Fuzz-pedal ripoff leads Fu Manchu to stack guitar tones on California Crossing



By Steve Newton

On their latest CD, California Crossing, SoCal guitar-rockers Fu Manchu took a slightly different musical approach than they had before, toning down the fuzz to produce a cleaner, sharper guitar sound. Part of the change had to do with the band’s willingness to evolve, the other part with the fact that some jerk absconded with one of guitarist-vocalist Scott Hill’s effects pedals.

“We were playin’ in Boston and Scott’s fuzz pedal got ripped off,” explains lead guitarist Bob Balch from his home in San Diego. “But we had been messin’ around with a different sound for a while, anyway. I mean, the guitars are still really big on this album—it’s still a guitar album and everything—but it’s just easier to stack guitar tones without the fuzz. It doesn’t get all muddy and stuff.”

The band—which plays Richard’s on Richards on Sunday (July 7) with guests Speadealer and Brand New Sin—was aided in its attempts to cut through the mud by famed producer Matt Hyde. Balch and his mates were familiar with Hyde through his work with Porno for Pyros, Monster Magnet, and Slayer. “We were talkin’ to a bunch [of potential producers],” he says, “and he was the one who was pretty much into the same stuff as us. Around that time we were all listenin’ to the Cars and Cheap Trick a lot, so we were workin’ on just puttin’ more hooks in the songs. It was like the natural thing to do at the time.”

There aren’t a lot of guest appearances on California Crossing; it’s pretty well a DIY affair for Balch, Hill, bassist Brad Davis, and drummer Brant Bjork (who has since been replaced by former Smile drummer Scott Reeder). But the quartet did talk former Black Flag and Circle Jerks singer Keith Morris into performing on one tune. “He comes to our shows whenever we play in L.A.,” says Balch, “and the last time we saw him we were like, ‘Hey, we’re gonna be in the studio soon; you should come in and do whatever you want.’ Then when we were already done trackin’ the album, and we were mixin’ it, he just walks in. He’s like, ‘Yeah, I’m ready!’ and we’re like, ‘Aw, shit…alright.’ So we kind of pulled up [the instrumental tracks for] ‘Bultaco’ and had him sing on it.”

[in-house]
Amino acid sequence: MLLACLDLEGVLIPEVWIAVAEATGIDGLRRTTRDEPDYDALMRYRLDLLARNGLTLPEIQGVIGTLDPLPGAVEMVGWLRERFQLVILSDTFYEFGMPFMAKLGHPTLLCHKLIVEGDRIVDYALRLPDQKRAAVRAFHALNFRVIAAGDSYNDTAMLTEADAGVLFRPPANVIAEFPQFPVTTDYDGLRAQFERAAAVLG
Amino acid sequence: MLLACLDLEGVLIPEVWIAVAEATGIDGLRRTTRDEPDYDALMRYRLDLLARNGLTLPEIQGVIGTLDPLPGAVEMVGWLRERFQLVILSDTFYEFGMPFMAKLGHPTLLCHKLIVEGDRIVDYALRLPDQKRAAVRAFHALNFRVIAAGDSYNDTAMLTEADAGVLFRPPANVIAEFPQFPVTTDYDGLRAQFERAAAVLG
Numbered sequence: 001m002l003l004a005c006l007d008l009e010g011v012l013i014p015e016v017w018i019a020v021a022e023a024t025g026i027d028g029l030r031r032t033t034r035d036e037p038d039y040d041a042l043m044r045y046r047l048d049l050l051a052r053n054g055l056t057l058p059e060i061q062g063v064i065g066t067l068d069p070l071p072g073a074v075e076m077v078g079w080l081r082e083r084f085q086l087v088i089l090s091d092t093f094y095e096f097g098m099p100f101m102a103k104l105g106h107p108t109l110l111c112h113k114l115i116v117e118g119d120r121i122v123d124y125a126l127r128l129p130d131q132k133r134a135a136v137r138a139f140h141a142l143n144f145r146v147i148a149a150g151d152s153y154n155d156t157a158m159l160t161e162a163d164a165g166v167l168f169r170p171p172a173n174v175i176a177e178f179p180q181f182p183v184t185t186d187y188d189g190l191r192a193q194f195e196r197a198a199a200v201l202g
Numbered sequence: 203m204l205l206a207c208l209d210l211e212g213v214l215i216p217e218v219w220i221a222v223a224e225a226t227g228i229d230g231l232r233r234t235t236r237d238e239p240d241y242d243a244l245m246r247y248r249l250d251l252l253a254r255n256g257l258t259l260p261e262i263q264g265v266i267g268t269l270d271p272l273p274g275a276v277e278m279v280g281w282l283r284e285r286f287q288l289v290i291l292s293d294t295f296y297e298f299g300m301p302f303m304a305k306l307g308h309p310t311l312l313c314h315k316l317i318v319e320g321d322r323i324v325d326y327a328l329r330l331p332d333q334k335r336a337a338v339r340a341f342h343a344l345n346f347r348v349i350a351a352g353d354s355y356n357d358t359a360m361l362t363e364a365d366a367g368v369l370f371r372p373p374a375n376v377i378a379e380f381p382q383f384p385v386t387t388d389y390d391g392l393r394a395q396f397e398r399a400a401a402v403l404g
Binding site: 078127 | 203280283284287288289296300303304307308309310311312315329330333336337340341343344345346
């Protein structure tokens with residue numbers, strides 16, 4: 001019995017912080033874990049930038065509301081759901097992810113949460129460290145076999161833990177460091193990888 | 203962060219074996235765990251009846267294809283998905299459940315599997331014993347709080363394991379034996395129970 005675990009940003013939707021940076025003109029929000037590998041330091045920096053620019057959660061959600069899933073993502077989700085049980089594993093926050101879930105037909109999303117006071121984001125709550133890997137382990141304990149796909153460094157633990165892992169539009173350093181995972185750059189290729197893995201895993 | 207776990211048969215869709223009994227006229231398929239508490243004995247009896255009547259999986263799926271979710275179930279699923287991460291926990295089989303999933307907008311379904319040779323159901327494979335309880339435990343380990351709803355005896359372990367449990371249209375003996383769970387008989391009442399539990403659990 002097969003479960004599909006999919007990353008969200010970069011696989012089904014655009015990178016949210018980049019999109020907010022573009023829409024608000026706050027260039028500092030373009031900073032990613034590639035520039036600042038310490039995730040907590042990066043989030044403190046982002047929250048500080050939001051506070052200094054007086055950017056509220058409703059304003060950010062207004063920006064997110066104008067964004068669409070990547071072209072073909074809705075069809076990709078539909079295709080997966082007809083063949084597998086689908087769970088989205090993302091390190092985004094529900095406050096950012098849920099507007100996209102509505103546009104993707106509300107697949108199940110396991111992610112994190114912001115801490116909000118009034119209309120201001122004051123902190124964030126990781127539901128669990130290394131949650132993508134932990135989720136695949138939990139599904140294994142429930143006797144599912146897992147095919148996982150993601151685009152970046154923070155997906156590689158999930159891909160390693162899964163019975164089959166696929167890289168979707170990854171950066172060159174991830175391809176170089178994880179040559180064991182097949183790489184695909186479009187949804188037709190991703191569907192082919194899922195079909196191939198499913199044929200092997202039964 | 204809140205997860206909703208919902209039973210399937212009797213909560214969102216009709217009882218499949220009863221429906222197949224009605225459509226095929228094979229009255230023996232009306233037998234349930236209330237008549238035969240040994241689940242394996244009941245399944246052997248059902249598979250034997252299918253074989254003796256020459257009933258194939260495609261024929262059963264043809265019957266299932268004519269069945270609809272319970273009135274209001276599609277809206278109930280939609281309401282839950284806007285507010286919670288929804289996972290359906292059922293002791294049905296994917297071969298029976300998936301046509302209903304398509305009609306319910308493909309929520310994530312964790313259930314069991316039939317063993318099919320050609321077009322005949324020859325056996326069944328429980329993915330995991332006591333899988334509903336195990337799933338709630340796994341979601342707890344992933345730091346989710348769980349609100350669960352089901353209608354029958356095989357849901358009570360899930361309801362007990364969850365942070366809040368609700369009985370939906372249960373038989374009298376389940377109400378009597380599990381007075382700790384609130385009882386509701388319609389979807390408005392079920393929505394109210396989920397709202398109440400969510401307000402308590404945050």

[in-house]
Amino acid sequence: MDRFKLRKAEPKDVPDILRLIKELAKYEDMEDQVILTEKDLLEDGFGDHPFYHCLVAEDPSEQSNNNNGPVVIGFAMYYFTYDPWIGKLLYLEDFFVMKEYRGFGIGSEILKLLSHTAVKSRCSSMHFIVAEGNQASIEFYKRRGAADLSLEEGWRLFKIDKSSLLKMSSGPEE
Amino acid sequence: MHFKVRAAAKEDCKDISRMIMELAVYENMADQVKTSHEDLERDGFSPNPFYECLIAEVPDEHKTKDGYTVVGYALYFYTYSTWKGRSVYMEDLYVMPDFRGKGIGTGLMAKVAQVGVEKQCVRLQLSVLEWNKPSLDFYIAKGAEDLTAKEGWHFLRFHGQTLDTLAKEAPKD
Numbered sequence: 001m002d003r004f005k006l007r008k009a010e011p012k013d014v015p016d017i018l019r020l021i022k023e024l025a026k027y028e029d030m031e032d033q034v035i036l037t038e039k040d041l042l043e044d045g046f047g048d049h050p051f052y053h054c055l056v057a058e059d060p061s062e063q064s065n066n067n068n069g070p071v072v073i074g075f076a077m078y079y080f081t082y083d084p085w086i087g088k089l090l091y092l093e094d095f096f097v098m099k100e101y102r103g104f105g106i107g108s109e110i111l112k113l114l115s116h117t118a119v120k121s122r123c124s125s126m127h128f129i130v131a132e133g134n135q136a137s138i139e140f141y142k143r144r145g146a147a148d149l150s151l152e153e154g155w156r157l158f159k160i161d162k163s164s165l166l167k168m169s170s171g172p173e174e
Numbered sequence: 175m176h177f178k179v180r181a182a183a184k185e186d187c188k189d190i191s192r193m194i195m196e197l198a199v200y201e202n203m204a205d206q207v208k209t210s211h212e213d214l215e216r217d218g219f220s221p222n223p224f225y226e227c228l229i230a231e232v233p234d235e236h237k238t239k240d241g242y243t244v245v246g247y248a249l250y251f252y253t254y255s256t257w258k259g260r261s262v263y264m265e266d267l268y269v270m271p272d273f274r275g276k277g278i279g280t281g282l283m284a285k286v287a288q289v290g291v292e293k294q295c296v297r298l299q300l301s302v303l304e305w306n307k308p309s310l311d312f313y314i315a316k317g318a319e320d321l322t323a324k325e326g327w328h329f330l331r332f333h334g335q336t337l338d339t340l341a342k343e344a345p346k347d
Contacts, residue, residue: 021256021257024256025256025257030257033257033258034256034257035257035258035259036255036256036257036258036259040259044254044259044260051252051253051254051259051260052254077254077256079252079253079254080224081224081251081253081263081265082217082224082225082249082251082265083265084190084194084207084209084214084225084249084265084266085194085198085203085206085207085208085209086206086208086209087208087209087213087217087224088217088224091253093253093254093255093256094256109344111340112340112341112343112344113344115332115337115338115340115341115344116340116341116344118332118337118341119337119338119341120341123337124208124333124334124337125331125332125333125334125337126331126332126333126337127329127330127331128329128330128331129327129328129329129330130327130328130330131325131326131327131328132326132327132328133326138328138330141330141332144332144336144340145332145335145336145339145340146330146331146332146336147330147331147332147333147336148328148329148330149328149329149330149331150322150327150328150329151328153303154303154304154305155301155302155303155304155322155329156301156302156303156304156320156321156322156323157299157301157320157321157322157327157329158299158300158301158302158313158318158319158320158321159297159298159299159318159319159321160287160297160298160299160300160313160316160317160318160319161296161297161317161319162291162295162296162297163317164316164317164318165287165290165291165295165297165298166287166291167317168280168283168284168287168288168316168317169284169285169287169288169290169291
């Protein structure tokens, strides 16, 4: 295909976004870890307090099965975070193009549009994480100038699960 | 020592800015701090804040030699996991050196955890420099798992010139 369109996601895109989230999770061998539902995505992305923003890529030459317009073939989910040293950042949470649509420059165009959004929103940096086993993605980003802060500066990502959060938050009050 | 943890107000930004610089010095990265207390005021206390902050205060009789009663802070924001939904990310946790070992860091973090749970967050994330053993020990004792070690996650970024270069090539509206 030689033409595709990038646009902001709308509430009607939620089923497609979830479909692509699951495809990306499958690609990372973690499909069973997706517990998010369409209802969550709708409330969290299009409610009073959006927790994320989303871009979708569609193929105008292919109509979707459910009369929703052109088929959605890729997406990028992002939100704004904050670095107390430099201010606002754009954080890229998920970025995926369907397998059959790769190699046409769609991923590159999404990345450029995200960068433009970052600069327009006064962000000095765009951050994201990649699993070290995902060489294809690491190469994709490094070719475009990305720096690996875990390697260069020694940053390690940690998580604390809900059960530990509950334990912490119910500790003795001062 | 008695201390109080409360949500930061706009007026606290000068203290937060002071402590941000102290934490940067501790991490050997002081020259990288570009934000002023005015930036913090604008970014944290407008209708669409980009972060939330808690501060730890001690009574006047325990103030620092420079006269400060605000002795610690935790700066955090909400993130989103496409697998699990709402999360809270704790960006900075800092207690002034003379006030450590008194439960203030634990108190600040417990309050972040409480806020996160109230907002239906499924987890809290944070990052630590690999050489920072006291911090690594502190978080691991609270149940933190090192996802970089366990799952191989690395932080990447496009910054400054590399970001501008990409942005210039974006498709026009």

Over the past several years Fu Manchu has aligned itself with the skateboarding nation, as can be heard in tunes such as “Guardrail”, “Hell on Wheels”, and “Asphalt Rising”. A photo of ’70s ’boarding guru Tony Alva catching air graced the cover of the group’s 1997 The Action Is Go CD. And the band even played at a Sundance Film Festival party to celebrate the premiere of the ace skateboarding documentary Dogtown and Z-Boys. But at the ripe old age of 24, Balch has pretty well hung up his wheels for good.

“Can’t really afford to [skateboard] anymore,” he relates. “Like if you break your arm when you’re at home, you can’t really go on tour and make money. Me and Scott kinda just stick to surfing now, ’cause if you fall down you don’t really break anything.”

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